Even if we assume that innovation produces a cornucopia of wonders beyond my expectations, the economy still faces formidable headwinds. The retirement of the baby boomers and the continuing exodus of prime-age males from the labor force, sometimes called the "missing fifth," are reducing hours worked per member of the population. American educational attainment continues to slide ever-downward in the international league tables, due to cost inflation at our universities, $1 trillion in student loans, abysmal test scores and large numbers of high-school dropouts.

And inequality in America will continue to grow, driven by poor educational outcomes at the bottom and the rewards of globalization at the top, as American CEOs reap the benefits of multinational sales to emerging markets. From 1993 to 2008, income growth among the bottom 99% of earners was 0.5 points slower than the economy's overall growth rate. If future output grows, as I expect, at a rate of just 1% a year, that means the overwhelming majority of Americans will see their incomes grow just 0.5% annually.

The future of American economic growth is dismal, and policy solutions are elusive. Skeptics need to come up with a better rebuttal. 
Why Innovation Won't Save Us (Wall Street Journal)

UPDATE: On the innovations front, Charles Hugh Smith is saying much the same thing as Robert Gordon:
"The usual suspects" for the next engine of growth include nanotechnology, biotechnology, unconventional energy and Digital Fabrication, i.e. 3-D printing and desktop foundries. But are any of these capable of not just replacing jobs and revenues in existing industries, but creating more jobs and expanding revenues and profits?

The Status Quo dares not even entertain this question because the only way to service the fast-rising mountain of debt that is sustaining the Status Quo is to "grow our way out of debt," i.e. expand the real economy faster than debt.

The past 250 years has been one long "proof" that we can indeed "grow our way out of debt" because the low-hanging fruit of industrialization and cheap, abundant energy enabled wealth to be created at a faster pace than debt.

Clueless Keynesians mock those questioning the possibility that the low-hanging fruit has been plucked by noting that doomsdayers were actively decrying the ballooning debt of the British Empire in the mid-1700s. We all know how that story ended: what looked like crushingly massive debt in 1780 was reduced to a trivial sum by the rapid expansion of industrialization.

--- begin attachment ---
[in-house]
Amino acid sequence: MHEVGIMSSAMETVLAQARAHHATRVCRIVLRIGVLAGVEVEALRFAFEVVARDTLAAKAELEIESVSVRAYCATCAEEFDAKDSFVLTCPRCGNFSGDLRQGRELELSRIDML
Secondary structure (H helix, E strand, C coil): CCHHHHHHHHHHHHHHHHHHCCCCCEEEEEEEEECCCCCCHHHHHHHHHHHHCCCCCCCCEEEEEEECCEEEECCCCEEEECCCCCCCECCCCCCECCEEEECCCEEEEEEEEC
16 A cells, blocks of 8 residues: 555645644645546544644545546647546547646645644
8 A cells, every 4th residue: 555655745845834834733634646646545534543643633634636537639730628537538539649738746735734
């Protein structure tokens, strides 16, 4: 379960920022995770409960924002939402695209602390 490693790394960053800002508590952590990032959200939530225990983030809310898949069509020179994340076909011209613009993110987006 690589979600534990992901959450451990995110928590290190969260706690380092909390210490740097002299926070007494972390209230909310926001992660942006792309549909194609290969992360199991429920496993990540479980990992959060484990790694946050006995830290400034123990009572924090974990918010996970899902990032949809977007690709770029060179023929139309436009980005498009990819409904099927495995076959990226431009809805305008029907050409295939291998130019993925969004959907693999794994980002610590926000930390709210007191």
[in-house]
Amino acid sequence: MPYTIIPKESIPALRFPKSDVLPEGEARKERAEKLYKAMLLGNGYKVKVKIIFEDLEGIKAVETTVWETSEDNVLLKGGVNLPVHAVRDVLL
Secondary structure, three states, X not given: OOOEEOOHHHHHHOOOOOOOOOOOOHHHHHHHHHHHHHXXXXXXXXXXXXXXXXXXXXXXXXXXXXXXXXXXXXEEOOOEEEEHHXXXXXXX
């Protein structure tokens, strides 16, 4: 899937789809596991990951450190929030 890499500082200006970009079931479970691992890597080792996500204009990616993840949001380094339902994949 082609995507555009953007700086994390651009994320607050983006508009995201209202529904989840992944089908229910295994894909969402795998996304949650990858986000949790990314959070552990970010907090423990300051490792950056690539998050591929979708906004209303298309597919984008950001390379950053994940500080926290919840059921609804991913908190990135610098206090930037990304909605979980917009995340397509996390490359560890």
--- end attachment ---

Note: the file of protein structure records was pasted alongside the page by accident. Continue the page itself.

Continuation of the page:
But suppose the end of cheap, abundant energy (replaced by abundant, costly energy) and the Internet spells the end of centralized models of growth? What if all the innovation currently bubbling away only produces marginal returns?

Take biotechnology for example. Those with little actual knowledge of biotech are quick to latch onto the potential for genetic engineered medications, biofuels, etc. What they don't ask is if these technologies can scale up while costs decline, i.e. the computer technology model where everything progressively gets cheaper and more powerful.

Healthcare spending is clearly in terminal marginal return: our collective health continues to decline in key metrics even as spending doubles, triples and quadruples. The same can be said of defense, education and many other industries.

Sectors such as agriculture have already seen employment decline by 98% even as production rose; there are still improvements in agriculture (robotic milking machine, for example) but the low-hanging fruit in agriculture as well as in medicine, education, etc. have all been picked.

The next wave of innovation will destroy protected profit centers and employment; even the Armed Forces are not immune, as the "ships of the future" will have relatively small crews and robotic drones will replace high-cost, high-employment weapons systems.

The semi-magical belief that technological innovation will create wealth in such quantities that all other problems become solvable may well be false. We may have entered an era of marginal returns, where innovations destroy jobs, wealth, assets and debt--the very foundations of "growth."